Since an ideal tendon profile determination is a design problem, it should be noted that the designers have been using a graphical design method which was developed by Magnel [11] in late forties. Since then, the Magnel design diagram has been revisited in [12], and the edges of the Magnel quadrilateral are specified as criteria for choosing an appropriate eccentricity and prestress level. Recently, Calladine [13] has used the mapping technique and converted the Magnel quadrilateral to a parallelogram by which the design procedure becomes easier. Moreover, Stanton [14] introduced a simple sign convention in order to draw the Magnel diagram by one equation only.

In this article, it is shown that the ideal tendon profile in the posttensioned beam could be determined by automated computer inspection of the Magnel diagrams, in the various cross sections without drawing any quadrilateral on paper. By using computational geometry, first the coordinates of the edges of the Magnel quadrilateral is calculated. Then, the coordinates of the crossing points of the two diagonals of the quadrilateral in the cross section in which maximum service bending moment occurs is determined. Similar procedure is repeated for two more cross sections, and thereby a parabolic or linear curve could be computed, knowing three eccentricities across the beam span. Further investigation is carried out to show the accuracy of this type of design.

In a numerical example for a long span box girder bridge, by examining the Magnel quadrilateral in many more cross sections and considering a prestress level that suits all the cross sections, the corresponding eccentricities are computed and a smooth curve is fitted to all the points. When comparing this optimal duct shape with the parabolic and linear ones, it does not show any significant difference.

The whole drawing process and inspection and selection are algorithmic and can be done via one computer program. It is shown that we can determine the ideal parabolic and linear duct shapes and also check their closeness to optimal duct shape, all in one algorithm. It is concluded that both parabolic and linear duct geometries introduced in this paper are simple and optimal. Therefore, we can choose an accessible and easily protectable linear tendons and duct shape which is also an optimal design. The method is based on automatic inspection of the Magnel diagram and particularly can be useful for checking the Magnel polygon in the cross section where the deviator is located and sharp changes (discontinuities) in prestress occur.

#### 2. Magnel Design Diagram

The top fibres of a beam in transfer (before service) are in tension since the beam planned to be in hogging, and if the allowable tensile transfer stress is , then the stress constraint would be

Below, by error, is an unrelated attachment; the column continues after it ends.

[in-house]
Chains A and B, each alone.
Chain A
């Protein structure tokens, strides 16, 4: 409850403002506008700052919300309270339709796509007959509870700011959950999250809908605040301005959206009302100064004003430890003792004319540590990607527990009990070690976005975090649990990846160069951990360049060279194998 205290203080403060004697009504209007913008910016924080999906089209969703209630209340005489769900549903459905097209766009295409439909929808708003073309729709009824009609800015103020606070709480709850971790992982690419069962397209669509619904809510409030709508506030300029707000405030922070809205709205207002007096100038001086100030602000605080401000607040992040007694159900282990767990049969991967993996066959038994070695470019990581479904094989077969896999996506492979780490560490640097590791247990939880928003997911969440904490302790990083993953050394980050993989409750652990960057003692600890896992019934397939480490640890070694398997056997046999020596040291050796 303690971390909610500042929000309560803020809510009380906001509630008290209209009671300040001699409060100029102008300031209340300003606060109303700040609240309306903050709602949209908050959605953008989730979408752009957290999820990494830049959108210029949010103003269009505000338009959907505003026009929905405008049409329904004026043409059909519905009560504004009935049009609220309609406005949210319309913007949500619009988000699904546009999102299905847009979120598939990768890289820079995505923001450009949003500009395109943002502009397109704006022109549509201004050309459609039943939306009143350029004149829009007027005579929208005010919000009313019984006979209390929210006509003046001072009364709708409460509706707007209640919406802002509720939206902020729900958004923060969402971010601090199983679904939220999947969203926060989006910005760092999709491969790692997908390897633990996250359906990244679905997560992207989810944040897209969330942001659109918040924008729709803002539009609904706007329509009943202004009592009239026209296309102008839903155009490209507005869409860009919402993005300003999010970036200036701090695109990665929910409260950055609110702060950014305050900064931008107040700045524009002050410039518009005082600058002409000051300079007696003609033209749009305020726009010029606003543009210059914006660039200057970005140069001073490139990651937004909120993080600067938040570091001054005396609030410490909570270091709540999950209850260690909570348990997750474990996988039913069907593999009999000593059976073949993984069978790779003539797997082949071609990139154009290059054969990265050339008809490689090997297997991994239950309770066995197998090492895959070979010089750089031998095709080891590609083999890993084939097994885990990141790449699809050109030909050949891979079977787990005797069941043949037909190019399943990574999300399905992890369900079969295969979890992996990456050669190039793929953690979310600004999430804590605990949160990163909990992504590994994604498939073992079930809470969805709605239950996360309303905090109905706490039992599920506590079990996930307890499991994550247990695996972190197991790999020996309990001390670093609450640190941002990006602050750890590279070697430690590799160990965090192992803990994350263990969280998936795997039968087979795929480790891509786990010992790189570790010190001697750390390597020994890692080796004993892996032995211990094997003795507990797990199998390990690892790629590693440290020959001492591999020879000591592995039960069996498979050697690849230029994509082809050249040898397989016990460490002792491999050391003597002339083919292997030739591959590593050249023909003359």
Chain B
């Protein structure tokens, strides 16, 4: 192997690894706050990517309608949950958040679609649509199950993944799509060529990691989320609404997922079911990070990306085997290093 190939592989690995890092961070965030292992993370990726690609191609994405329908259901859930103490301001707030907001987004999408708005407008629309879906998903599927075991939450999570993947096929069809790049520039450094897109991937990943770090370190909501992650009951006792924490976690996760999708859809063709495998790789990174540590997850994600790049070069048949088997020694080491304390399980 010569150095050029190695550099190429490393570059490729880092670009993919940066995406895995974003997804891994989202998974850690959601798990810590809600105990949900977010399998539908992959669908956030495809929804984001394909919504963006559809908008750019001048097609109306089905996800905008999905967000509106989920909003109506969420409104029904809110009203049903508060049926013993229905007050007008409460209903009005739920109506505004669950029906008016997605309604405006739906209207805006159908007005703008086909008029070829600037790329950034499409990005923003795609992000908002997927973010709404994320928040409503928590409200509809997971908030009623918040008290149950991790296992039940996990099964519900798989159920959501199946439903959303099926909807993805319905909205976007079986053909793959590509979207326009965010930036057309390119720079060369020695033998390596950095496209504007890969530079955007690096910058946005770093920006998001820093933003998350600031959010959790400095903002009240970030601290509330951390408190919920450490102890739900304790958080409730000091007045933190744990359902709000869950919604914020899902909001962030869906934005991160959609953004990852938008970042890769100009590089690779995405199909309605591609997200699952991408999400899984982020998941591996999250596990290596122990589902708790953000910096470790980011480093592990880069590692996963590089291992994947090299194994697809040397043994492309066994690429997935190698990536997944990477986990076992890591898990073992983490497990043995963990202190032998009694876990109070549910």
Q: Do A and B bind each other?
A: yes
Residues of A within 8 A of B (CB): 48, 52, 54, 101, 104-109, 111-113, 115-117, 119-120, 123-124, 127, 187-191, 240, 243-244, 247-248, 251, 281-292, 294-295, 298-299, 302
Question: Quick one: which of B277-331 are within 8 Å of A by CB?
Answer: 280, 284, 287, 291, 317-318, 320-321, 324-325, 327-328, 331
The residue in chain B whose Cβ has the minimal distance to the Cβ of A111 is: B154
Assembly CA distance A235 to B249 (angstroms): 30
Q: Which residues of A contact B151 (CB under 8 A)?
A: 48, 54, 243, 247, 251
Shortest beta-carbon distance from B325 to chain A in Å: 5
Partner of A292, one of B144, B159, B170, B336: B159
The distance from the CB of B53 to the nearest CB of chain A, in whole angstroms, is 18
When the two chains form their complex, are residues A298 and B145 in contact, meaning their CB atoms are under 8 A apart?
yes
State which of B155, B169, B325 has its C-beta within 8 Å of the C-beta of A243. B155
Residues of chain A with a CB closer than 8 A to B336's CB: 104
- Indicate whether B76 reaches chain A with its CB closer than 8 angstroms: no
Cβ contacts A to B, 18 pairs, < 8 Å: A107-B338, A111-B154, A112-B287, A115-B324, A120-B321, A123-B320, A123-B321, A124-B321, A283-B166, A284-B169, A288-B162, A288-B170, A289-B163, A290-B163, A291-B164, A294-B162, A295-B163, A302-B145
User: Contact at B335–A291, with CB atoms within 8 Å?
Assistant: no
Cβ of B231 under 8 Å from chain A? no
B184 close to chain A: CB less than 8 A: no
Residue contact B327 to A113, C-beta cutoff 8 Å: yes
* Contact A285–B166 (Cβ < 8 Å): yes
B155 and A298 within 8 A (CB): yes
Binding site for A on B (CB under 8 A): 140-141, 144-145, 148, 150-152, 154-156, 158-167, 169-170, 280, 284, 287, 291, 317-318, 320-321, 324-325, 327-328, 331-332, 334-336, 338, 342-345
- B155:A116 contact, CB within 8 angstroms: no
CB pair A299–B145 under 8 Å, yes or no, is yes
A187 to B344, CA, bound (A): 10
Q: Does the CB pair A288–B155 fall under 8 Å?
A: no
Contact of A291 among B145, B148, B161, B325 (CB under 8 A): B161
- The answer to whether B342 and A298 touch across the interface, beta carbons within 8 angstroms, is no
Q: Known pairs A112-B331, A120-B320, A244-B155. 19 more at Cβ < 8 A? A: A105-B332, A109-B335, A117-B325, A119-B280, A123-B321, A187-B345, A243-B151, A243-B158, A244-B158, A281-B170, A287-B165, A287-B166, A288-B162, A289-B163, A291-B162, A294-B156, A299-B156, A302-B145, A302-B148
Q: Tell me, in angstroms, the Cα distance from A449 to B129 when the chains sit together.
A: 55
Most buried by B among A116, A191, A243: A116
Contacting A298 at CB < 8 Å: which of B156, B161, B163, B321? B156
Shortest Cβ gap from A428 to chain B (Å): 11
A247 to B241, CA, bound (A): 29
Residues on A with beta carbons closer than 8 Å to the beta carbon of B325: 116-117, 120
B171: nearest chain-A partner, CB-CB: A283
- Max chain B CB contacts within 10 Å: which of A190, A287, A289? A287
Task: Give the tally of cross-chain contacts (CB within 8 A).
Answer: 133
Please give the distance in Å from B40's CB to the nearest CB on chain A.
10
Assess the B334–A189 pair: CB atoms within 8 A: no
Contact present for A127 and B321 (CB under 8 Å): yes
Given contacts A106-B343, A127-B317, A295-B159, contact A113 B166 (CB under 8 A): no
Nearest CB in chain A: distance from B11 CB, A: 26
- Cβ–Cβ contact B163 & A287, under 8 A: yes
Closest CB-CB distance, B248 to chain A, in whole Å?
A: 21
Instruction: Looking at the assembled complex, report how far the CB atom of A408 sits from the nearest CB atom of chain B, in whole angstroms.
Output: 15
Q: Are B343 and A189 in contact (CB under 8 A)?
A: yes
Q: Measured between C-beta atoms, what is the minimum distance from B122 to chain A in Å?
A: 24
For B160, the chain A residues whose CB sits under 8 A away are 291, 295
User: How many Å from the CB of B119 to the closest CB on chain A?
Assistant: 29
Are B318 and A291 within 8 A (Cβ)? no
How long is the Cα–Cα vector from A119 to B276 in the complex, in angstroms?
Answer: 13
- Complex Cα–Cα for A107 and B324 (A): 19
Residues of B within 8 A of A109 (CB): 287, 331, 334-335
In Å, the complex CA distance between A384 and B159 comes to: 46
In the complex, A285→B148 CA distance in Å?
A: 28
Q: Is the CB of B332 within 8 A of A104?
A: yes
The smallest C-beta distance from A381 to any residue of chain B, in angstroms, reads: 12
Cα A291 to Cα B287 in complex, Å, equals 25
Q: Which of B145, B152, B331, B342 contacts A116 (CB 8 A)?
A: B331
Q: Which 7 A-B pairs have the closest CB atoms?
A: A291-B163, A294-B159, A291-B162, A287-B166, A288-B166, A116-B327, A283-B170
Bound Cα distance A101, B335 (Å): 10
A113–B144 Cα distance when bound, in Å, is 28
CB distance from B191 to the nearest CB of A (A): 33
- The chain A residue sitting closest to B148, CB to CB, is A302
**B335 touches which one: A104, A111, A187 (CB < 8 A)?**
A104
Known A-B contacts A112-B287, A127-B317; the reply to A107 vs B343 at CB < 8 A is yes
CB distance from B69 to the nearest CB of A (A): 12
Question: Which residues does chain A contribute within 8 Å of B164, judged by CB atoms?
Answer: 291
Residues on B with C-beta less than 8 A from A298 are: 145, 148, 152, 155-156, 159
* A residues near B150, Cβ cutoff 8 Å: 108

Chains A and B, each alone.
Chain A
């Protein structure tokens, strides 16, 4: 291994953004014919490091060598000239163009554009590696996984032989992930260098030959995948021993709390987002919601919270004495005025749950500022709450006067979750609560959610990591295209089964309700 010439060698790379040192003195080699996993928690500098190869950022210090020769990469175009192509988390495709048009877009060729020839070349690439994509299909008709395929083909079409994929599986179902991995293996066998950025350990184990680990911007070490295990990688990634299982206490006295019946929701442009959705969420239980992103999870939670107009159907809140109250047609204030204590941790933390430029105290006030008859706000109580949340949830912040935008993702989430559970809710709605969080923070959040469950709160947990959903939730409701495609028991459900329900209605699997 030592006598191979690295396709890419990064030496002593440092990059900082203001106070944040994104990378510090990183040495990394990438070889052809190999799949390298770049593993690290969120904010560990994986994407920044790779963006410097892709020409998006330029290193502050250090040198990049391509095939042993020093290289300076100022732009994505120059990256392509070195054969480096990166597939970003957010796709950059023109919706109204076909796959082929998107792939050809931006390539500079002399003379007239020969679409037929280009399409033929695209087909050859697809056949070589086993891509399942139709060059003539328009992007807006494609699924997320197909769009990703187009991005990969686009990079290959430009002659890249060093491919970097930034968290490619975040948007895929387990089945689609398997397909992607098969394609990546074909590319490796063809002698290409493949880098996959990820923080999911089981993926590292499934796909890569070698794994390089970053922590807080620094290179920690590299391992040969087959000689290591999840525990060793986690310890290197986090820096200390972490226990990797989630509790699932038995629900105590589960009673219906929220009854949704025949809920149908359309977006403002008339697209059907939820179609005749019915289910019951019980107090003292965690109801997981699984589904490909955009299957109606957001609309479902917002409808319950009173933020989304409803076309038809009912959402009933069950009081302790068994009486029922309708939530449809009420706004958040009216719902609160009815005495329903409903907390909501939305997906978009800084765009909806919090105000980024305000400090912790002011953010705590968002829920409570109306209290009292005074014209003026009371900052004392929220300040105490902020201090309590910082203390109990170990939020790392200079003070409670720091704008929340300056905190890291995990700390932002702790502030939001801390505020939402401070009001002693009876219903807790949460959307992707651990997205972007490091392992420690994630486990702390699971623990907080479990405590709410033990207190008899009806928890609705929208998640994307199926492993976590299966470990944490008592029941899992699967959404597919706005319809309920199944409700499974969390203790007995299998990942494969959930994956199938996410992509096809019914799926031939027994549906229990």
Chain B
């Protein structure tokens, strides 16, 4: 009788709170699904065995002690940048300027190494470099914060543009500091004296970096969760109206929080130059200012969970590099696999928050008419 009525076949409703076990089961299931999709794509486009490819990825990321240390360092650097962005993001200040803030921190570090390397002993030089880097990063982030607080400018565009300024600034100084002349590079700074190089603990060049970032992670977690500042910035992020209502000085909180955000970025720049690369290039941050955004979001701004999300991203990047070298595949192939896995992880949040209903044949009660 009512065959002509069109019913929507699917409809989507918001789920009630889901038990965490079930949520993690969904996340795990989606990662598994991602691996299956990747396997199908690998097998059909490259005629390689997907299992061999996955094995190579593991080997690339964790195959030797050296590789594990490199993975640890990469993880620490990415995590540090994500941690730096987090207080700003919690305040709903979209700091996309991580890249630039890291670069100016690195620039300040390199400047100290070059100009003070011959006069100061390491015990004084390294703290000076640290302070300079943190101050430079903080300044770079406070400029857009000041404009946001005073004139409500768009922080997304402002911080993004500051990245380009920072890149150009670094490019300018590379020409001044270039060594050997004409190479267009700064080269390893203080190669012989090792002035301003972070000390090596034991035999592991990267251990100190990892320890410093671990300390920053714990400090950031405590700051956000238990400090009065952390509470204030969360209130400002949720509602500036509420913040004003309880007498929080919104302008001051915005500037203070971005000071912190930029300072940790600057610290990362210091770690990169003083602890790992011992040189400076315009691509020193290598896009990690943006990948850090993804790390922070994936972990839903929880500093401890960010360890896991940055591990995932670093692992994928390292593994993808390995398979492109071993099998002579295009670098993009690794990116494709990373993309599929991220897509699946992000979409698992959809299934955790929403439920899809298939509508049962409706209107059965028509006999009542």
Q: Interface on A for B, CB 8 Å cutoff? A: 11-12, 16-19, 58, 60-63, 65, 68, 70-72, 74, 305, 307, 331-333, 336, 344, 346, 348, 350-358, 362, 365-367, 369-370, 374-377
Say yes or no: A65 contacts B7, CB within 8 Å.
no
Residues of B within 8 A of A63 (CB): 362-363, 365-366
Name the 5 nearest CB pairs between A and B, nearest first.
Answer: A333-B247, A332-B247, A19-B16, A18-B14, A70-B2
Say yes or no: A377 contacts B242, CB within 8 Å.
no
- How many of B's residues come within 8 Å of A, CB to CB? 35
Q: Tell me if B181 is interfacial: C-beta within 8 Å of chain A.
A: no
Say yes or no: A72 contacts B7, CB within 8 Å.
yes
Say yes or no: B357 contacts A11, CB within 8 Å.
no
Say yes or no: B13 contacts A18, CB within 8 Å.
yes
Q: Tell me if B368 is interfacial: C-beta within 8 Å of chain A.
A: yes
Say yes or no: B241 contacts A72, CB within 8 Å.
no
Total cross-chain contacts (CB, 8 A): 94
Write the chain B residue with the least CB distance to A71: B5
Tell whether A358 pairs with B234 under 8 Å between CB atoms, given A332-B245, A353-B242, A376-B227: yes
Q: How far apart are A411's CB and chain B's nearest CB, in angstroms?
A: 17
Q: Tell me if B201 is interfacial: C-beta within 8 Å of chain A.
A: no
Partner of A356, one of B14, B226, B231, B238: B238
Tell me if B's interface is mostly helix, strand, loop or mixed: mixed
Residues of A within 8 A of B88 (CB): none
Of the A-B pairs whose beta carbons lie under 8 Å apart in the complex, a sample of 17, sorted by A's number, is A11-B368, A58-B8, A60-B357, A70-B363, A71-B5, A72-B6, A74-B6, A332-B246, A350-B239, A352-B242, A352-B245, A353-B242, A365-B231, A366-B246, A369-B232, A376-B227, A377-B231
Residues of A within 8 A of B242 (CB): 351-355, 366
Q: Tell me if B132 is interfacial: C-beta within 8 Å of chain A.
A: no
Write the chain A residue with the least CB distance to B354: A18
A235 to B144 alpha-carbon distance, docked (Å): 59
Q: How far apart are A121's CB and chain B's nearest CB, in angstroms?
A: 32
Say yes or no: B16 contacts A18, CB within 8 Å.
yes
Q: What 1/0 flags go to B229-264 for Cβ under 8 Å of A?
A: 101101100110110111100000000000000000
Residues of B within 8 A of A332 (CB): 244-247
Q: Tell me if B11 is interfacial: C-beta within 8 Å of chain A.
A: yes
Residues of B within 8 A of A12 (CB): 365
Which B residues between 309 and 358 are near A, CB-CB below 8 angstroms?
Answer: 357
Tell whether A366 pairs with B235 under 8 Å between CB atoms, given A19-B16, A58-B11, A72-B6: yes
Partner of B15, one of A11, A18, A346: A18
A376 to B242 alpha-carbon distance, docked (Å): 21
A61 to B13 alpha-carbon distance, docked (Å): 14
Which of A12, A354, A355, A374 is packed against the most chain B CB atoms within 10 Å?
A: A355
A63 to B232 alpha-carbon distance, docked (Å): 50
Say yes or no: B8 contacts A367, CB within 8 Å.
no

In (3), while because in the transfer state, the top fibres are in tension (− sign by convention) and then also , , , and . Manipulating (3) leads to the following inequality:

The bottom fibres of a beam in transfer, when it is in hogging, are in compression, and if the allowable compressive transfer stress is , then the stress constraint would be

In (5), while because in the transfer state, bottom fibres are in compression (+ sign by convention) and then also , , , and . Manipulating (5) leads to the following inequality:

The top fibres of a beam in service obviously are in compression because the beam is in sagging, and if the allowable compressive service stress is , then the stress constraint would be

In (7), while because in the service state, top fibres are in compression (+ sign by convention); so also , , , and . Parameter represents the minimum conserved prestress factor in service since during service prestress level would be lost [8] and expresses this maximum loss. Now, by manipulating (7), the following inequality would be obtained:

The bottom fibres of a beam in service (sagging) are in tension, and if the allowable tensile service stress is , then the stress constraint would be

In (9), appears again because of service condition. while because in the service state, bottom fibres are in tension (− sign by convention), so also , , , and . By manipulating (9), the following inequality would be obtained:

The four stress constraints (3), (5), (7), and (9) lead to the inequalities (4), (6), (8), and (10) in a coordinate system in which is the horizontal axis and is the vertical axis. The borders of these four inequalities are designated by four lines, and when they cross each other, they form a quadrilateral in which the design parameters *e* and are chosen from inside of this quadrilateral. Overall design diagram was first introduced by Magnel [11] and has been used by designers ever since [7, 8]. Obviously, in various types of prestress losses and for this reason for design purposes, the minimum conservation (maximum loss) should be considered.